For the second year in a row, efforts are being made in the Legislature to change the State Board of Education into a body that is more responsive to the governor and local school boards. And for the second year, the move deserves to be sidetracked.

In the 1988 legislative session, bills were introduced to eliminate the elected board - a step requiring a constitutional amendment.That plan failed, partly because it would have been hard to promote as a ballot proposition. It would have eliminated an independent voice and put the State School Office directly under the control of the governor.

But a related measure is back for the 1989 session. It would not eliminate the state board, and thus avoids a constitutional amendment vote. But it would make the nine-member group more of a creature of the governor and local school boards.

The bill, HB296, would abolish the current general election of state school board members, Instead, a nominating commission - dominated by local school board officials - would pick three names for each position to be filled and the governor would make the selection.

The appointed members would serve until the next general election, when their names would be placed on the ballot for voters to make a simple "yes" or "no" decision to retain them, much the same way judges currently are chosen. If the example of judges is any guide, that would mean almost automatic election.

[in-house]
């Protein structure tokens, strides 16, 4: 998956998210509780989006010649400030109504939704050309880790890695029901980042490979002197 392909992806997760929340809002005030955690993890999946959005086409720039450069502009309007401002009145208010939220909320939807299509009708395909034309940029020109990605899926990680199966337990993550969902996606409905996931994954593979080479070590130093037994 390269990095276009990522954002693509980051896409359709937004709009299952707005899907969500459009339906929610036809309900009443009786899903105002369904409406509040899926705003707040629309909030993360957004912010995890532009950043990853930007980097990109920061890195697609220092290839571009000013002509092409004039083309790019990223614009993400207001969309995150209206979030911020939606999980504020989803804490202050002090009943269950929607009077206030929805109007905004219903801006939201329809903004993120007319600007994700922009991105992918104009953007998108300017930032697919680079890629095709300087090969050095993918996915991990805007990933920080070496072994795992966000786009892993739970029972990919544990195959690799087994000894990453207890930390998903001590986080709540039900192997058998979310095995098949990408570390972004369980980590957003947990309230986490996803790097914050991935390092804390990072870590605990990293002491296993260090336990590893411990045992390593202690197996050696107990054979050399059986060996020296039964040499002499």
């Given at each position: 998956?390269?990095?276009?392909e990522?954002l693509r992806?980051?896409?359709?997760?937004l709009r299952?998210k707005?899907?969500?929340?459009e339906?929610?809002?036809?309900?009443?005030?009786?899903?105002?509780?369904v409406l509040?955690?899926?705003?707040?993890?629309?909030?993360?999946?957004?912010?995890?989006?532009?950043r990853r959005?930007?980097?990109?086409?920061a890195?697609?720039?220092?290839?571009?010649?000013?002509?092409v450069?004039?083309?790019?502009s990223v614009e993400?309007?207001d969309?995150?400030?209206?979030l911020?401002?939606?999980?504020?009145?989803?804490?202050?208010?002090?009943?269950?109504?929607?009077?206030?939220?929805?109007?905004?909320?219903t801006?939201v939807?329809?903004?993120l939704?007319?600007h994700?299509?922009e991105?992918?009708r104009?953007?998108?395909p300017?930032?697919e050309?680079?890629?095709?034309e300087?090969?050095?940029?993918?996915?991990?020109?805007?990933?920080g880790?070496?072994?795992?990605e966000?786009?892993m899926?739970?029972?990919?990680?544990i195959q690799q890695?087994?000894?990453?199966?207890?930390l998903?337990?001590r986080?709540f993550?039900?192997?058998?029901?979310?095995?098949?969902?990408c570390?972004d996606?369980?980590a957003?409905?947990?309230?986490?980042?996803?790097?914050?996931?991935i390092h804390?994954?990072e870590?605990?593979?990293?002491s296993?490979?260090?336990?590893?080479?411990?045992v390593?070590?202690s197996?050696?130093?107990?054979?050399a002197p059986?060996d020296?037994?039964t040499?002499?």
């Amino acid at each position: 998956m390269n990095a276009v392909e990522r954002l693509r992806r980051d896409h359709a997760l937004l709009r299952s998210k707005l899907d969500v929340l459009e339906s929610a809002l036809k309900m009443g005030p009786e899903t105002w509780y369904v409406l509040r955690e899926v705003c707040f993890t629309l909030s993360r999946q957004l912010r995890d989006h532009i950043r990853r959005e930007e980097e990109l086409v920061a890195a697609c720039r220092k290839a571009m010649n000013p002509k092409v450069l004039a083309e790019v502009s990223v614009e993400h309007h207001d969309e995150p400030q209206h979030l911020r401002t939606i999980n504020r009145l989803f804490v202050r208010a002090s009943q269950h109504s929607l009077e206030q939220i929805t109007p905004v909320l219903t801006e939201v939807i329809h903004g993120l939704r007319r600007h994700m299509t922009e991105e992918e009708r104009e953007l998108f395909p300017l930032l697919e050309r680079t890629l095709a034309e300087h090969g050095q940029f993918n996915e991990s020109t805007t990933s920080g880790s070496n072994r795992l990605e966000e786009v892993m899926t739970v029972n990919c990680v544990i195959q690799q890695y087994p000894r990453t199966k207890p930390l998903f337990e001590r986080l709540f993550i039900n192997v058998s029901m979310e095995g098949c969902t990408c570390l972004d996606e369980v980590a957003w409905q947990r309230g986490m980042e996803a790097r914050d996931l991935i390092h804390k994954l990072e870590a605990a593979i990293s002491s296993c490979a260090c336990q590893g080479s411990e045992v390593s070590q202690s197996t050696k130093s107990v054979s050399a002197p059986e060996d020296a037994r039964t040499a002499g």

Certainly, the state board has its problems and critics. It has been castigated for moving too slowly to meet educational challenges and for being more of a follower than a leader. Its members are not always well known, and some may lack expertise in dealing with education problems.

Experts nominated by local school districts and chosen by the governor might raise the general quality of the board, but a certain amount of independence would be lost. In some respects, it would be a step backward to an earlier time.

Before 1950, Utah had an informal board, sometimes named by the governor, sometimes named by regional conventions of local school boards. This did not work well and the State Constitution was altered in 1950 to require an elected board. Going back to the old system hardly seems an improvement.

In addition, there are numerous comments by people close to the issue that the effort to change the board has less to do with efficiency or improving education and more to do with personality clashes and unhappiness with the attitude of some board members and the state superintendent of schools.

If there is truth to those rumors, it is a poor reason for dismantling the state school board system.

The public good would be better served by making this an interim study issue where the situation can be carefully examined on its merits. Nothing would be lost by waiting a year and serious mistakes might be avoided.

That's the position taken by the state PTA and it's one that ought to be followed by lawmakers.